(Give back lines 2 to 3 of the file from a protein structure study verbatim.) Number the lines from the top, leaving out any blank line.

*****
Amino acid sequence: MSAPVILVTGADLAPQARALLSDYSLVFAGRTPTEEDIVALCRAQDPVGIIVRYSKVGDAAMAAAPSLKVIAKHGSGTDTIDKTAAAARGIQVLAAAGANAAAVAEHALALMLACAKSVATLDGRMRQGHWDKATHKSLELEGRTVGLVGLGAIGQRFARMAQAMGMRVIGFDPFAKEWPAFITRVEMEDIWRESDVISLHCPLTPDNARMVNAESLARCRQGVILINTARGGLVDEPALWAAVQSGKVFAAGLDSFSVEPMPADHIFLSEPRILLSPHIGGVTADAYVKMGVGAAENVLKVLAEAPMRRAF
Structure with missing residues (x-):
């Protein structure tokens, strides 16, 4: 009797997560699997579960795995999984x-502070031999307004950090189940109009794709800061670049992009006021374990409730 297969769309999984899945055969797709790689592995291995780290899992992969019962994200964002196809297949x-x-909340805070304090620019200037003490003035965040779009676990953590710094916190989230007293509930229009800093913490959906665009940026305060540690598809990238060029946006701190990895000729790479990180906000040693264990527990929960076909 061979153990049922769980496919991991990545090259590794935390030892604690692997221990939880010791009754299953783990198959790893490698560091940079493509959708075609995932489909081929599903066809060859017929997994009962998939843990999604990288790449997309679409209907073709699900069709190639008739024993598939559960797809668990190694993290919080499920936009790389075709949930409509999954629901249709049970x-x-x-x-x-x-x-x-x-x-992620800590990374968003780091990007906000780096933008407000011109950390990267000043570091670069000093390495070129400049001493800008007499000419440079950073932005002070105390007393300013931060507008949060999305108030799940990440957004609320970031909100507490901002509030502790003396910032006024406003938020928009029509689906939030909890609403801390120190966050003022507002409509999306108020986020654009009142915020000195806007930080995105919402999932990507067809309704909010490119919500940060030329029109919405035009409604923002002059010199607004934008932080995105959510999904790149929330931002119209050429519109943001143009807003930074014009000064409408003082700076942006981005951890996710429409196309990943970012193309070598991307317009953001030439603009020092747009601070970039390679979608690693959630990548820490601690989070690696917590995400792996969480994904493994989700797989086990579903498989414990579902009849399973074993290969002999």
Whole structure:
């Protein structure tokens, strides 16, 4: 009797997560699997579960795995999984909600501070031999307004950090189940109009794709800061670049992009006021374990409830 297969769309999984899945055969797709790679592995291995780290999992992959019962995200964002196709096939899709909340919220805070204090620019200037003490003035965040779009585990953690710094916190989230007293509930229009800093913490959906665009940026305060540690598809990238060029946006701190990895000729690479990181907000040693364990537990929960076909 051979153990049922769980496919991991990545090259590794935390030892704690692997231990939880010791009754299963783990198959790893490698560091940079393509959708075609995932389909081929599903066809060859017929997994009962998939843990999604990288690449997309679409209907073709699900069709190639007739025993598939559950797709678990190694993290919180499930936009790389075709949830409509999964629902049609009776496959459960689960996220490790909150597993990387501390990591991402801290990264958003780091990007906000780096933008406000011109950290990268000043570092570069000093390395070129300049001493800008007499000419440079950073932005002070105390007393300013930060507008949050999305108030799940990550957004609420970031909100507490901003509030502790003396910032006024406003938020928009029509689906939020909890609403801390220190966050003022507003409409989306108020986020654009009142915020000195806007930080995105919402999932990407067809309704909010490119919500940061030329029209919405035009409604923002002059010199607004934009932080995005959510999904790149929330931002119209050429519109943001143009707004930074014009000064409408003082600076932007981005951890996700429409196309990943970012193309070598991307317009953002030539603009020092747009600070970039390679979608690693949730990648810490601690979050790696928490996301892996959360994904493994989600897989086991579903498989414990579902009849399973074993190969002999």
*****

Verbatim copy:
Structure with missing residues (x-):
């Protein structure tokens, strides 16, 4: 009797997560699997579960795995999984x-502070031999307004950090189940109009794709800061670049992009006021374990409730 297969769309999984899945055969797709790689592995291995780290899992992969019962994200964002196809297949x-x-909340805070304090620019200037003490003035965040779009676990953590710094916190989230007293509930229009800093913490959906665009940026305060540690598809990238060029946006701190990895000729790479990180906000040693264990527990929960076909 061979153990049922769980496919991991990545090259590794935390030892604690692997221990939880010791009754299953783990198959790893490698560091940079493509959708075609995932489909081929599903066809060859017929997994009962998939843990999604990288790449997309679409209907073709699900069709190639008739024993598939559960797809668990190694993290919080499920936009790389075709949930409509999954629901249709049970x-x-x-x-x-x-x-x-x-x-992620800590990374968003780091990007906000780096933008407000011109950390990267000043570091670069000093390495070129400049001493800008007499000419440079950073932005002070105390007393300013931060507008949060999305108030799940990440957004609320970031909100507490901002509030502790003396910032006024406003938020928009029509689906939030909890609403801390120190966050003022507002409509999306108020986020654009009142915020000195806007930080995105919402999932990507067809309704909010490119919500940060030329029109919405035009409604923002002059010199607004934008932080995105959510999904790149929330931002119209050429519109943001143009807003930074014009000064409408003082700076942006981005951890996710429409196309990943970012193309070598991307317009953001030439603009020092747009601070970039390679979608690693959630990548820490601690989070690696917590995400792996969480994904493994989700797989086990579903498989414990579902009849399973074993290969002999």